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April 14, 2022

The following is an op-ed by Privacy Commissioner Daniel Therrien. A version of this op-ed was published by Option consommateurs magazine.

The evolution of privacy protection and the case for legislative reform

By Daniel Therrien, Privacy Commissioner of Canada

The privacy environment has changed significantly since I took office in 2014.

Following 9/11, the need to protect against further terrorist attacks seemed to outweigh privacy interests of individuals. That trend changed with time, in part due to the Snowden revelations in 2013.

Today, the privacy conversation is dominated by the growing power of tech giants that seem to know more about us than we do about ourselves.

Many companies seek to monetize our personal information, while governments use it to improve their services. Both the public and private sectors often use personal information for purposes other than those for which they collected it. 

As we try to adapt to the rapid evolution of data-driven technologies such as artificial intelligence, facial recognition, the Internet of Things, and the emerging metaverse, the current governance structure is uncertain.

It is more urgent than ever to adopt laws fit for the 21st century. A recent study by Option consommateurs supports this view. In its research report, Option consommateurs recommends that privacy regulators have the power to impose stiff monetary penalties and to conduct proactive audits of the measures employed by companies to ensure their customers’ privacy is protected.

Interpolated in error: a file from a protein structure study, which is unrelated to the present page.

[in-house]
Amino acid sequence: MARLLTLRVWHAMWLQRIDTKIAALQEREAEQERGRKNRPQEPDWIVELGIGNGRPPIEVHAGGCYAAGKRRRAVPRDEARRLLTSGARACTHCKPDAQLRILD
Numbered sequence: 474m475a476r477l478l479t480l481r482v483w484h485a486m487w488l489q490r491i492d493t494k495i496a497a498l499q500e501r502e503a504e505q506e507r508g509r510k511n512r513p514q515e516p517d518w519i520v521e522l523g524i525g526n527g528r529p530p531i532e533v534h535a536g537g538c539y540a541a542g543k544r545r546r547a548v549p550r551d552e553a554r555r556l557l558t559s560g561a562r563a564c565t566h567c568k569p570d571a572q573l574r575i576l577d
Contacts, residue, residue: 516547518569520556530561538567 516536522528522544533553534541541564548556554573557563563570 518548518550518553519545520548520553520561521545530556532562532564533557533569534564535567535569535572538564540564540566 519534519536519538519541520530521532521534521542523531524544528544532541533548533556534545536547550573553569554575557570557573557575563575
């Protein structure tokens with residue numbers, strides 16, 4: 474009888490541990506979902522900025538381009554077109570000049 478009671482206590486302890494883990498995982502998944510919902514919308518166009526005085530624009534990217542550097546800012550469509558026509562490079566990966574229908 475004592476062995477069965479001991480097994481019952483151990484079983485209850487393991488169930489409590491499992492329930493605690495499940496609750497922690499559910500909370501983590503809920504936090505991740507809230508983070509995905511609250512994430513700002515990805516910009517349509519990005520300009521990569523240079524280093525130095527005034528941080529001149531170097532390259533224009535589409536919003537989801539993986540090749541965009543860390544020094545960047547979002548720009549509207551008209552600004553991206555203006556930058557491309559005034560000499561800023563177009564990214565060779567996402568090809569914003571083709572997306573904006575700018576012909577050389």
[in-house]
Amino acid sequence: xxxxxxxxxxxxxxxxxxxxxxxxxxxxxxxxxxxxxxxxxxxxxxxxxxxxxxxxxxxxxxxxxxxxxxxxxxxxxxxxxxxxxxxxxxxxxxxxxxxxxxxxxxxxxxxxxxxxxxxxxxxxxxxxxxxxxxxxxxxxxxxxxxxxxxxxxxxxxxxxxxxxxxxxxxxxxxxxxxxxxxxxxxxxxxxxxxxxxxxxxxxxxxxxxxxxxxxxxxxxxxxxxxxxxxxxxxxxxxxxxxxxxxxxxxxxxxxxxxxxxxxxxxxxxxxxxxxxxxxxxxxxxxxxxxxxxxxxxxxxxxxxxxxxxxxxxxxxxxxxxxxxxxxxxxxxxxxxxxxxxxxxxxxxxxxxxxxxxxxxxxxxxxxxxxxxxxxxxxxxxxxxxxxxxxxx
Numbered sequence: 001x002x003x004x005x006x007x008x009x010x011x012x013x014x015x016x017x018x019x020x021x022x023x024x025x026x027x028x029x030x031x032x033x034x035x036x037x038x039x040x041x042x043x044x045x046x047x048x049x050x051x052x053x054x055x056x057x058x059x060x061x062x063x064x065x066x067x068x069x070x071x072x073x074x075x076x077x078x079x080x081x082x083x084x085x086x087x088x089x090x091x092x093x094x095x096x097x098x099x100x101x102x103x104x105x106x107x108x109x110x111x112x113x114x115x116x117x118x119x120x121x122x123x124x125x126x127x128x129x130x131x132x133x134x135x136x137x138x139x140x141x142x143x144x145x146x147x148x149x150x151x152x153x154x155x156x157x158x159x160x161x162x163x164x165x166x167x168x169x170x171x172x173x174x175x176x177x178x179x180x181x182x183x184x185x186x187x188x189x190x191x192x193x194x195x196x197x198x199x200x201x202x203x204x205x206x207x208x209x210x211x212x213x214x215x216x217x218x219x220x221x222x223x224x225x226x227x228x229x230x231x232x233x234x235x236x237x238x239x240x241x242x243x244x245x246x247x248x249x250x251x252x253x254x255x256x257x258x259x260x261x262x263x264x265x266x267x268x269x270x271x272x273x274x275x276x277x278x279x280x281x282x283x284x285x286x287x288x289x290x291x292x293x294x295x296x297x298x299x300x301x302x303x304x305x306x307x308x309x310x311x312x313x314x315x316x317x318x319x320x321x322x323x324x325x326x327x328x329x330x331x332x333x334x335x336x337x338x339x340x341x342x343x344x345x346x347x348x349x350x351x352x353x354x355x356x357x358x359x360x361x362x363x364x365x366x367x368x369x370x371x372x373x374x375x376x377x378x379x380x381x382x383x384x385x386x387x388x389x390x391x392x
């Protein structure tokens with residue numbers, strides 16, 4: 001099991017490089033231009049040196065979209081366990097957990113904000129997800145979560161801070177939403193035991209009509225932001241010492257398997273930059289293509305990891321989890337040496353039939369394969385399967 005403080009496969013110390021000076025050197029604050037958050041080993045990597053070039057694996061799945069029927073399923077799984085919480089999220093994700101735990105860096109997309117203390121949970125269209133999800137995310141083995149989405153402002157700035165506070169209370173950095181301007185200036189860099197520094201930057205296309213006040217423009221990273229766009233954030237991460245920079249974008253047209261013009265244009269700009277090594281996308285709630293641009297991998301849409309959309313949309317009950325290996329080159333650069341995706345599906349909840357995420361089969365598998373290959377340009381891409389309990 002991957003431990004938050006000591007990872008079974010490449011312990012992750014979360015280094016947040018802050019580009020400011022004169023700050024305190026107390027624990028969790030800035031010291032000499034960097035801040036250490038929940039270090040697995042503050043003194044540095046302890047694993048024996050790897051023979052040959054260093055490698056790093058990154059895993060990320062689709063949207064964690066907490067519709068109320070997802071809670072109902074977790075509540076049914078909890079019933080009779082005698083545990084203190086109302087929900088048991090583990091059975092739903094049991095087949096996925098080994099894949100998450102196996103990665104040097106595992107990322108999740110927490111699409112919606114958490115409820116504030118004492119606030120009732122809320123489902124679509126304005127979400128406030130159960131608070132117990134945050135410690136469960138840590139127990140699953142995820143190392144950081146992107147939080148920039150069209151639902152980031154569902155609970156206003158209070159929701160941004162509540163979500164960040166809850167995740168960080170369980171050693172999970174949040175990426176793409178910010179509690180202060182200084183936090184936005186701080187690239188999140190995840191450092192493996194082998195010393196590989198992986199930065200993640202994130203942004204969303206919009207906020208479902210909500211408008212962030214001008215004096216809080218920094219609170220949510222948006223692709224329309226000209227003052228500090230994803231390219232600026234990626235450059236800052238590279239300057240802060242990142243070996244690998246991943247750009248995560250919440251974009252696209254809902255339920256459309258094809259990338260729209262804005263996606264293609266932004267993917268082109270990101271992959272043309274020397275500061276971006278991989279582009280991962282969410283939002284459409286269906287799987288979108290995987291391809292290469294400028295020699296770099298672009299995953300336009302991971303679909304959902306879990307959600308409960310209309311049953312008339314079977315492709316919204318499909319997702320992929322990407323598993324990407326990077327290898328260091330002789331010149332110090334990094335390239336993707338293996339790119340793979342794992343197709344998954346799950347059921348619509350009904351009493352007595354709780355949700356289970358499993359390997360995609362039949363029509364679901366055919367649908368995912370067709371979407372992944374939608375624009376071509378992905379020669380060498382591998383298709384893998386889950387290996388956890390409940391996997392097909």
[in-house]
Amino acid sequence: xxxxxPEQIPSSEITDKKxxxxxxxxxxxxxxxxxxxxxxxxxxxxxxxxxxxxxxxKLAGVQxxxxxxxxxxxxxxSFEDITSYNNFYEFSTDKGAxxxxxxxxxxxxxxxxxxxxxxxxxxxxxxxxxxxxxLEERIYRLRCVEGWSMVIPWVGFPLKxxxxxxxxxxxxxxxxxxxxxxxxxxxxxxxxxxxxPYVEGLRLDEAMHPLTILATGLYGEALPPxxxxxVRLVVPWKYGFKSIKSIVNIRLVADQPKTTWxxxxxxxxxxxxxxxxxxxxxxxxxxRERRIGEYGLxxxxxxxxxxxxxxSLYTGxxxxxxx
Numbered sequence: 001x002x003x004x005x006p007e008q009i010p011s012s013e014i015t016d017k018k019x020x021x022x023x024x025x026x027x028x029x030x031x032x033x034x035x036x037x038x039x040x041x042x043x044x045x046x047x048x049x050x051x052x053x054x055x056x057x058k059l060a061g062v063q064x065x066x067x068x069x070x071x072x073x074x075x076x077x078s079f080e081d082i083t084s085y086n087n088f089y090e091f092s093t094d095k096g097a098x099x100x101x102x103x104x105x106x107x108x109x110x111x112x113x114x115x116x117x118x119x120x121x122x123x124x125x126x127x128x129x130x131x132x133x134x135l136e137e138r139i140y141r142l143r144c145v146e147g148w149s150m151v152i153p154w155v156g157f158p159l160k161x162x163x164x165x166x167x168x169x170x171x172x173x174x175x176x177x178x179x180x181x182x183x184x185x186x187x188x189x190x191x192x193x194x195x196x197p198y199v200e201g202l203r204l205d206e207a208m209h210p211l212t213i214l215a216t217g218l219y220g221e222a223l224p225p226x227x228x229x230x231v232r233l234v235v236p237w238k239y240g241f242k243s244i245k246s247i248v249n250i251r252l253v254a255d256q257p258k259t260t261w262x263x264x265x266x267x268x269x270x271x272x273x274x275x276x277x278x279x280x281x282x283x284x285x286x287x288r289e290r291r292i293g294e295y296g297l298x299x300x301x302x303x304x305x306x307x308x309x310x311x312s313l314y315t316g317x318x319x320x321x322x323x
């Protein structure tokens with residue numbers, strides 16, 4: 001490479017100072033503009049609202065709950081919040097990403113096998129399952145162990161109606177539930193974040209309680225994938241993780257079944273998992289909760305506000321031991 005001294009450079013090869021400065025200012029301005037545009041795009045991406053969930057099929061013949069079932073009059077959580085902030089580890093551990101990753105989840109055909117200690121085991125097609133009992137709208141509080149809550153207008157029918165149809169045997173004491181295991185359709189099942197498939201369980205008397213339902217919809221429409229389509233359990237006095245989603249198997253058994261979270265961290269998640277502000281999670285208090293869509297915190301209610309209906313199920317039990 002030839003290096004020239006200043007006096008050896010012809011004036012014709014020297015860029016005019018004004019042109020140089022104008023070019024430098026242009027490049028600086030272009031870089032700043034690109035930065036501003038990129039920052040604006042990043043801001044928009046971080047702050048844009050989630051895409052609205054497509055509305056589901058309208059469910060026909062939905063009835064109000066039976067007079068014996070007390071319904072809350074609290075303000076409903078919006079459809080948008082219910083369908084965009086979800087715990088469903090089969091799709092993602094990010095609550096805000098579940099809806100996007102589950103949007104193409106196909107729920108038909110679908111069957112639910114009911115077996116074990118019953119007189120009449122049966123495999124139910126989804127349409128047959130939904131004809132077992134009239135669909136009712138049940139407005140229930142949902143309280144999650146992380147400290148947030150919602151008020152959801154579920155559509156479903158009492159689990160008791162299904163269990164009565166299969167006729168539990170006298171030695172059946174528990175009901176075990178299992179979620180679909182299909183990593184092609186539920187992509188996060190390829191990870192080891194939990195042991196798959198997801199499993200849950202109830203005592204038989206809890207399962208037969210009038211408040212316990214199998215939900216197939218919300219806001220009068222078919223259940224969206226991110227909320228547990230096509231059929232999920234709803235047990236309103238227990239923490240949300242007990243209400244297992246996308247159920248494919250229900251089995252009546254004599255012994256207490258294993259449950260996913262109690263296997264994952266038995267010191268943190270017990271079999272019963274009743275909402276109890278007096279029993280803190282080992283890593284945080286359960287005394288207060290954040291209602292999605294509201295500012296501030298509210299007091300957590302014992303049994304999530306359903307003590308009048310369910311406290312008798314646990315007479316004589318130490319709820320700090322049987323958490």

Let's be clear: we need federal laws that enable responsible innovation, but they must be part of a rights-based framework that recognizes the fundamental right to privacy. New laws must strengthen accountability for both businesses and federal institutions and give my office the same powers that many of our provincial and international partners already enjoy.

There is also a need to establish common principles in the Privacy Act, which applies to the public sector, and the Personal Information Protection and Electronic Documents Act (PIPEDA), Canada’s federal private sector privacy law. For instance, necessity and proportionality have to be key factors in the decision to collect, use and retain information.

This is especially important given the government’s growing reliance on technologies developed by the private sector. A good example is our Clearview AI investigation. This company provided a facial recognition tool that allowed law enforcement authorities to match photographs of individuals to a database of 3 billion images from the Internet. In the end, we concluded that the company had violated the private sector law (PIPEDA). Following a separate investigation of the RCMP’s use of the technology, we concluded the RCMP had contravened the public sector law (the Privacy Act).

That said, technology and data can and often do serve the public interest. The pandemic offers many examples of that: the use of data to support public health, or the platforms we have all been using to stay connected.

Yet with the increasing use of data also comes new risks. We must urgently consider how to derive benefit from data while respecting our democratic values and fundamental rights.

One way to protect against these risks is to remind organizations seeking to use new technologies to consider privacy by design.

As well, greater flexibility in the use of data must be accompanied by greater accountability, demonstrable to privacy regulators that can protect citizens.

Similarly, rights-based legislation would help foster responsible innovation and trust in government.

As my mandate draws to a close, I urge the government to move quickly to enact much-needed legislation to effectively protect the privacy rights of Canadians.

As a society, we must project our values into the laws that regulate the digital space. Our citizens expect nothing less from their public institutions.

Only through respect for the law and the values we cherish will we be able to enjoy the benefits of new technologies with confidence.

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